Another cardioprotective mechanism of miR-335 during sepsis may lie in its ability to reduce apoptosis (59). A large number of studies has demonstrated that myocardial infarction, myocardial hypertrophy and heart failure induce excessive apoptosis and that myocardial apoptosis is involved in SIMI (37,6062). Sepsis-associated inflammatory factors induce cardiomyocyte apoptosis by activating the caspase pathway (63). Additionally, sepsis promotes tissue hypoxia/ischemia, resulting in a decline in the accumulation and clearance of oxygen free radicals and an aggravation in contractility and apoptosis in myocardial cells (64). In the present study, pre-miR-335 treatment inhibited myocardial apoptosis in septic mice. By contrast, anti-miR-335-treated CLP mice exhibited accelerated myocardial apoptosis. These results indicated that miRNA-335 reduced myocardial injury by inhibiting apoptosis. Moreover, in vitro experiments have confirmed that miRNA-335 inhibits myocardial cell apoptosis by inhibiting the PTEN/PI3K/Akt pathway (22). These results suggest that PTEN is a pro-apoptotic protein that negatively regulates the primary phosphatase of the PI3K/Akt signaling (65). Studies have demonstrated that miR-335 maintains cell survival by targeting the 3′untranslated region of PTEN, which leads to the downregulation of PTEN and activation of the Akt pathway in ovarian cancer and nasopharyngeal carcinoma (66,67). These studies demonstrate that miR-335 may relieve SIMI. However, whether miR-335 suppresses apoptosis in SIMI-induced myocardial injury, which involves the PTEN/PI3K/Akt pathway, warrants further investigation.

In conclusion, the results of the present study indicated that miR-335 expression is upregulated in SIMI in CLP mice, which is associated with myocardial protection during sepsis. miR-335 reduced the inflammatory response associated with myocardial injury in sepsis, by inhibiting pro-inflammatory cytokine release and myocardial apoptosis. However, the absence of overall inflammation levels of the mice might be a limitation of the present study. Until now, to the best of the authors' knowledge, the present study is the first to suggest that the cardio-protection rendered by miR-335 may represent an effective intervention for SIMI treatment.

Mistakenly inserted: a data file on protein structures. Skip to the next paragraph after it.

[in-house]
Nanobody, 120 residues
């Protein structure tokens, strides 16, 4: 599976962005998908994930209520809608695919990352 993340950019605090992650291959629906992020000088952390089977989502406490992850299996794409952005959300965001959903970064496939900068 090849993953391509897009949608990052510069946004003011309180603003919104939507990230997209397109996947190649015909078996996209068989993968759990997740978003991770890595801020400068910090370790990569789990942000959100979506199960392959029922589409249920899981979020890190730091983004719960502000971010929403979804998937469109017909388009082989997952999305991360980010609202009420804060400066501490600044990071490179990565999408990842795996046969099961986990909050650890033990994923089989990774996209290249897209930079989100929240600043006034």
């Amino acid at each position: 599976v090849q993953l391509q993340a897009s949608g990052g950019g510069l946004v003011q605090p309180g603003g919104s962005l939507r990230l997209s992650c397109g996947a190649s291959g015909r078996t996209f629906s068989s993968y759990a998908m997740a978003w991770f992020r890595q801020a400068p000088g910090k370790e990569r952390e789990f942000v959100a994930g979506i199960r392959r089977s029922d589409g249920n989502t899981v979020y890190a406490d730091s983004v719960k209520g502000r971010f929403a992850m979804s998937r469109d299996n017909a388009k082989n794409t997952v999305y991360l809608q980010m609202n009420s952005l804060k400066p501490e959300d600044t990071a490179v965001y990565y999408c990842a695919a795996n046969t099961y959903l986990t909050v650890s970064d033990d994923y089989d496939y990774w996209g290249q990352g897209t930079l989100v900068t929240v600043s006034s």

Supplementary Material

Supporting Data


Not applicable.


This study was supported by Hunan Natural Science Foundation (grant no. 2020JJ7090 to Yongpan Huang).

Availability of data and materials

The datasets used and/or analyzed during the current study are available from the corresponding author on reasonable request.

Authors' contributions

XL, YH, JH, XZ, YZ, YW, YT and LL designed and performed experiments, and analyzed, interpreted and presented results for group discussions. XL, YH, JH, XZ, YZ, YW, YT and LL performed some of the experiments and confirm the authenticity of all the raw data. JH and LL made substantial contributions to conception and design. All authors reviewed and approved the final manuscript.

Ethics approval and consent to participate

All protocols were approved by the Medical Animal Ethics Committee of Hunan Academy of Chinese Medicine (Xiang 20200015). All animals were handled in strict accordance with good animal practice as defined by the Hunan Academy of Chinese Medicine animal welfare bodies.

Patient consent for publication

Not applicable.

Competing interests

The authors declare that they have no competing interests.



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Long X, Huang Y, He J, Zhang X, Zhou Y, Wei Y, Tang Y and Liu L: Upregulation of miR‑335 exerts protective effects against sepsis‑induced myocardial injury. Mol Med Rep 24: 806, 2021
Long, X., Huang, Y., He, J., Zhang, X., Zhou, Y., Wei, Y. ... Liu, L. (2021). Upregulation of miR‑335 exerts protective effects against sepsis‑induced myocardial injury. Molecular Medicine Reports, 24, 806.
Long, X., Huang, Y., He, J., Zhang, X., Zhou, Y., Wei, Y., Tang, Y., Liu, L."Upregulation of miR‑335 exerts protective effects against sepsis‑induced myocardial injury". Molecular Medicine Reports 24.5 (2021): 806.
Long, X., Huang, Y., He, J., Zhang, X., Zhou, Y., Wei, Y., Tang, Y., Liu, L."Upregulation of miR‑335 exerts protective effects against sepsis‑induced myocardial injury". Molecular Medicine Reports 24, no. 5 (2021): 806.